It is not yet a hundred and twenty years since Captain Cook first landed in New Zealand, and the numerous native population that then swarmed upon its shores have dwindled to a comparative shadow of a once formidable race. But it is the present, not the past, with which we have mostly to do, – the present aspect of mountains, valleys, rivers, and lakes; with the wonderful volcanic developments and present activity of submerged forces that are exhibited in this peculiar country. Though heroic deeds and historic associations have not hallowed these localities, they are sufficiently unique in their own inherent charms to be intensely attractive. One does not pause amid burning mountains, boiling springs, and rushing geysers, to dwell on the want of human or historic background; the marvellous sublimity of Nature is sufficient. The bleaching bones of men and of extinct enormous birds, found among the brown tussocks of these lonely plains and in these curious caves, tell of a period long past, – and yet a period unhistoric and unheroic. These pages will clearly show that there is no lack of grandeur and beauty in this isolated land, but there is an utter lack of pathos.
Unlike Australia, New Zealand is rarely visited by drought; the whole eastern coast, north and south, abounds in good natural harbors, while the rivers and streams are ever-flowing and innumerable. Though it is a mountainous country, it differs for instance from Switzerland, in that it has no lack of extensive plains, which seem to have been left by Nature ready to the hand of the farmer, requiring scarcely ordinary cultivation to insure large crops of cereals. The diversity of surface, as well as the fact that these islands extend over thirteen degrees of latitude, give New Zealand a varied climate; but it is a remarkably temperate one, its salubrity far surpassing that of England or any portion of the United States. While snow is never seen in the North Island except upon the highest mountain peaks, the plains of the South Island – as far south as Otago – are sometimes sprinkled with it, but only to disappear almost immediately. The rivers are generally destitute of fish, and the forests of game. It is no sportsman's country; but vegetation runs riot, the soil being remarkably fertile, clothing the wild lands with perpetual verdure and vigorous freshness. Persons competent to express an opinion, compare the climate in the north, say at Auckland, with that of Spain; the middle, represented by Wellington, with that of France; and the southern, say at Invercargill, with that of England. The area of the islands is about one hundred thousand square miles, being a few more than are contained in England, Wales, and Ireland combined. The entire coast line is four thousand miles in length. There are here nearly seventy million acres of land, forty millions of which are deemed worthy of cultivation. The soil being light and easily worked, favors the agriculturist, and New Zealand is free from all noxious animals and venomous reptiles.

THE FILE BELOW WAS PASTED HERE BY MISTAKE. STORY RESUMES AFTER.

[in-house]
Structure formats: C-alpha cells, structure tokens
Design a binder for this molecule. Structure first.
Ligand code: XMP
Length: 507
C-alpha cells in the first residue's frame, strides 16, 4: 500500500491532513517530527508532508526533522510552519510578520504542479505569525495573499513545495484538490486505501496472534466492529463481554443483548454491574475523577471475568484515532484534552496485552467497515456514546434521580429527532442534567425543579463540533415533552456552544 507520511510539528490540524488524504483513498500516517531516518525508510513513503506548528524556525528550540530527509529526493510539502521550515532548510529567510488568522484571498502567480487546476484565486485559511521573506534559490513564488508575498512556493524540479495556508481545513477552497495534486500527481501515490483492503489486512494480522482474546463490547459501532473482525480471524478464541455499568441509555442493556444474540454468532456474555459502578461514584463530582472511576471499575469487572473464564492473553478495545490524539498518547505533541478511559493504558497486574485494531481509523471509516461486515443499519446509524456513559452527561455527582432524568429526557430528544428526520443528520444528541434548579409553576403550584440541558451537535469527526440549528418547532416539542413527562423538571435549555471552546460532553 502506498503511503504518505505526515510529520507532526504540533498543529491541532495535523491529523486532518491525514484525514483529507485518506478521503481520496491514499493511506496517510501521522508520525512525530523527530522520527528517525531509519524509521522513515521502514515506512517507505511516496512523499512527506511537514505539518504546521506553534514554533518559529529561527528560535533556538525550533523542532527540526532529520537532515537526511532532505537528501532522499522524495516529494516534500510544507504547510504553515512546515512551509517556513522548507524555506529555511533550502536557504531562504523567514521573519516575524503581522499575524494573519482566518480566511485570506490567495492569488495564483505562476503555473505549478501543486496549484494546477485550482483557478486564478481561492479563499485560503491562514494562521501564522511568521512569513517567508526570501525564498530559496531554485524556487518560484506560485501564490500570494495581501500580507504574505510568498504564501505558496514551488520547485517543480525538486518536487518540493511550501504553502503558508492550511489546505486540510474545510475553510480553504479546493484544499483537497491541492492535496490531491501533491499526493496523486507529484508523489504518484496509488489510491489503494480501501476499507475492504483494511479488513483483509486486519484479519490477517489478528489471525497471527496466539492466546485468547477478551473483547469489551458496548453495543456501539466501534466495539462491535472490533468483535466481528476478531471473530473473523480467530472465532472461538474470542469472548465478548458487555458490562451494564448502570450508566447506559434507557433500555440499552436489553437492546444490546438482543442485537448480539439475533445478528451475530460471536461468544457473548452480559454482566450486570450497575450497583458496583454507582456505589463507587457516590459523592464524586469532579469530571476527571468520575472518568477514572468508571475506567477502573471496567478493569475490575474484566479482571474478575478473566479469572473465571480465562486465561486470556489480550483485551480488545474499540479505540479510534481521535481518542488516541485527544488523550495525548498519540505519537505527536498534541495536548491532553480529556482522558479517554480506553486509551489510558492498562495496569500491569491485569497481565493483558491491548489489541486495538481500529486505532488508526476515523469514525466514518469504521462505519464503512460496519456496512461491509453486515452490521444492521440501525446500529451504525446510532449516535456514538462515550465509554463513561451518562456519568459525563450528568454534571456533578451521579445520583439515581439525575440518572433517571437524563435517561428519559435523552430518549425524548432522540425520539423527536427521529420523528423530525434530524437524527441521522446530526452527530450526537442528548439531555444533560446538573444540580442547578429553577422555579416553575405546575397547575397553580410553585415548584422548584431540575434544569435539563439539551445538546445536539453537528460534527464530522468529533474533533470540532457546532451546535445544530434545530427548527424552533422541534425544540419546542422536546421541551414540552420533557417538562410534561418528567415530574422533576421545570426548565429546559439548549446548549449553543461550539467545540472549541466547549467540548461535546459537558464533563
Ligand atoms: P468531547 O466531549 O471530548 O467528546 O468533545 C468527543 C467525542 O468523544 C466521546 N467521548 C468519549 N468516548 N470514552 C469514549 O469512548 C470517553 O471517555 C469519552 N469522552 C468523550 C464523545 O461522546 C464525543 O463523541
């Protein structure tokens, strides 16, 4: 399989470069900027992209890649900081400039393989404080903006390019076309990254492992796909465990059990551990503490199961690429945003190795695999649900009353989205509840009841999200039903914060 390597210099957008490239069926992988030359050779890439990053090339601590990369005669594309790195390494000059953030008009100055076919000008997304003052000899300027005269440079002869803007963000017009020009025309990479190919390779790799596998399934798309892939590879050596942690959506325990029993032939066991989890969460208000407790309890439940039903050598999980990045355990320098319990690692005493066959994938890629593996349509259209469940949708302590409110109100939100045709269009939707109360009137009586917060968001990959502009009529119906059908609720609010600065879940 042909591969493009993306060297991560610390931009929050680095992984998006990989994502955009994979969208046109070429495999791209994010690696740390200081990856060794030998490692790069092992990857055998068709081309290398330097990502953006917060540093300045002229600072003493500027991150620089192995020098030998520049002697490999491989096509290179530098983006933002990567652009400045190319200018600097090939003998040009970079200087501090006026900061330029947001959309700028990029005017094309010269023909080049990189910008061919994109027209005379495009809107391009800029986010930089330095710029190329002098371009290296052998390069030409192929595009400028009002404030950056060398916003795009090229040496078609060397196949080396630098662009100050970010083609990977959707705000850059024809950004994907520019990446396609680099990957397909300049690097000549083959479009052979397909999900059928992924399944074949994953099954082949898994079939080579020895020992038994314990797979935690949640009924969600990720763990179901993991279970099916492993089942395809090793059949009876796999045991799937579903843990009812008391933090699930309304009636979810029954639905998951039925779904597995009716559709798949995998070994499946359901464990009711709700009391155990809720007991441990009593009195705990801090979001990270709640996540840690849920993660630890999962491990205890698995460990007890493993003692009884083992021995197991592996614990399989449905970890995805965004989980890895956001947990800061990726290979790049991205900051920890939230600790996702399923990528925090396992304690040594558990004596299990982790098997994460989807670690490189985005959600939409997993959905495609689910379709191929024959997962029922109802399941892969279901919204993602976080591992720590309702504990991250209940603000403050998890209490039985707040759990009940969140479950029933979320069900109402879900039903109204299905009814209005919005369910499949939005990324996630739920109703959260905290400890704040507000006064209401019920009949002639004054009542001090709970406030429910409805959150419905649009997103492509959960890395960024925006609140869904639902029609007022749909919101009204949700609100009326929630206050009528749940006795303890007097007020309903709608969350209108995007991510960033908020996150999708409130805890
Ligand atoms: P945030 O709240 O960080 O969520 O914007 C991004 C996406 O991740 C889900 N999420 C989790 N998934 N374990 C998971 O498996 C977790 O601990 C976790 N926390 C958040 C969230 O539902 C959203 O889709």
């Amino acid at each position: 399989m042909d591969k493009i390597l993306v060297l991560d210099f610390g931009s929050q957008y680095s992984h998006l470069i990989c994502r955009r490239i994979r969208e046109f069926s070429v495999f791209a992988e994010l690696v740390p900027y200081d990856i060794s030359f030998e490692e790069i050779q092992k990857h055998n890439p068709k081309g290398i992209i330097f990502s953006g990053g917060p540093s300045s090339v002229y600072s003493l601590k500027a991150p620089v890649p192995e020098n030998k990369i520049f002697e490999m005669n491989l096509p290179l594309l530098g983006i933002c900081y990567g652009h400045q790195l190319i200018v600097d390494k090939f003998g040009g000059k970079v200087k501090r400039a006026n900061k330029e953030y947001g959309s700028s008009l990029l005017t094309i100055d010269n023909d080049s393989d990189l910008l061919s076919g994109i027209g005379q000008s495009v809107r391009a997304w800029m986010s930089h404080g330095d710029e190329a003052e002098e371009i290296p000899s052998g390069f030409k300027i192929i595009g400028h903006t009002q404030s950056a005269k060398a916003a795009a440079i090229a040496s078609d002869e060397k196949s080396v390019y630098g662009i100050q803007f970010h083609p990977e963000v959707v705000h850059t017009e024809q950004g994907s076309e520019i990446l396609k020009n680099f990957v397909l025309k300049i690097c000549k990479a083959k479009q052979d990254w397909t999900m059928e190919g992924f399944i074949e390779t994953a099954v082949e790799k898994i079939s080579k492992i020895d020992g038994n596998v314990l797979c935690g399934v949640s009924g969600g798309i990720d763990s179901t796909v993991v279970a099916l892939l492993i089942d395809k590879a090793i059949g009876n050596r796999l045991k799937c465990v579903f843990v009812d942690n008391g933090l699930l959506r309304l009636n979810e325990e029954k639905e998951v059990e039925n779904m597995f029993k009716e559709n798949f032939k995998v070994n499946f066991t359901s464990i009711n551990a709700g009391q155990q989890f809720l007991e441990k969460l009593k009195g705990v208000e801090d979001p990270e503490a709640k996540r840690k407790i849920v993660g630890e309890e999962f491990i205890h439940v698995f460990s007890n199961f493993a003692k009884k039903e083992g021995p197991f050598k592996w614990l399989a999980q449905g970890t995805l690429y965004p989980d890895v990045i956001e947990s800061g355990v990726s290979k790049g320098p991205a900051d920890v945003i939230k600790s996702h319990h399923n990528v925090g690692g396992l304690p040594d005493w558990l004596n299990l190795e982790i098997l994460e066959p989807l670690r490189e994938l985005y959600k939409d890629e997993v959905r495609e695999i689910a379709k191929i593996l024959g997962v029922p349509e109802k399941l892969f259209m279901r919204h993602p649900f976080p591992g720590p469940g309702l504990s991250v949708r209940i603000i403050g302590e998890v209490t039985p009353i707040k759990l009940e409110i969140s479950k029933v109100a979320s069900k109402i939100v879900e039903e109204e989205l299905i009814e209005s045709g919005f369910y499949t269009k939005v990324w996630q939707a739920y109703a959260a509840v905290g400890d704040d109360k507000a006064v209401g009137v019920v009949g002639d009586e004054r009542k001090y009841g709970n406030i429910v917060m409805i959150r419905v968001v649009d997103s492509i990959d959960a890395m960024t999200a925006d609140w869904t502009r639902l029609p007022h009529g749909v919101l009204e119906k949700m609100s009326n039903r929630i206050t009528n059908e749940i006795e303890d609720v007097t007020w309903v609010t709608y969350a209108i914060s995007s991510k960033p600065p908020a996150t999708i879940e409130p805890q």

There are other islands besides the two principal ones named (adding Stewart Island), but they are too small to require mention. The wonderful collection of geysers, sulphurous springs, and natural baths of the North Island are famous all over the world, and we shall presently ask the reader to visit them with us. Slight shocks of earthquakes are not uncommon here, but only one serious volcanic eruption has occurred for many years. The remote situation of the country, surrounded by the greatest extent of ocean on the globe, has kept it in a measure unknown to the rest of the world, even in these days of rapid communication. Wellington, the capital, is about sixteen thousand miles, more or less, from the Colonial Office in London; in other words, New Zealand forms the nearest land to the actual antipodes of England. The precious metals are distributed over the land in gold-bearing quartz reefs, rich alluvial diggings, and in the sands of its many rivers; mines of tin and iron and other deposits are supplemented by an abundance of the most important of all minerals, coal. In 1861 the gold-fields were discovered in Otago, stimulating fresh immigration, until at the present writing the country contains in round numbers six hundred thousand souls.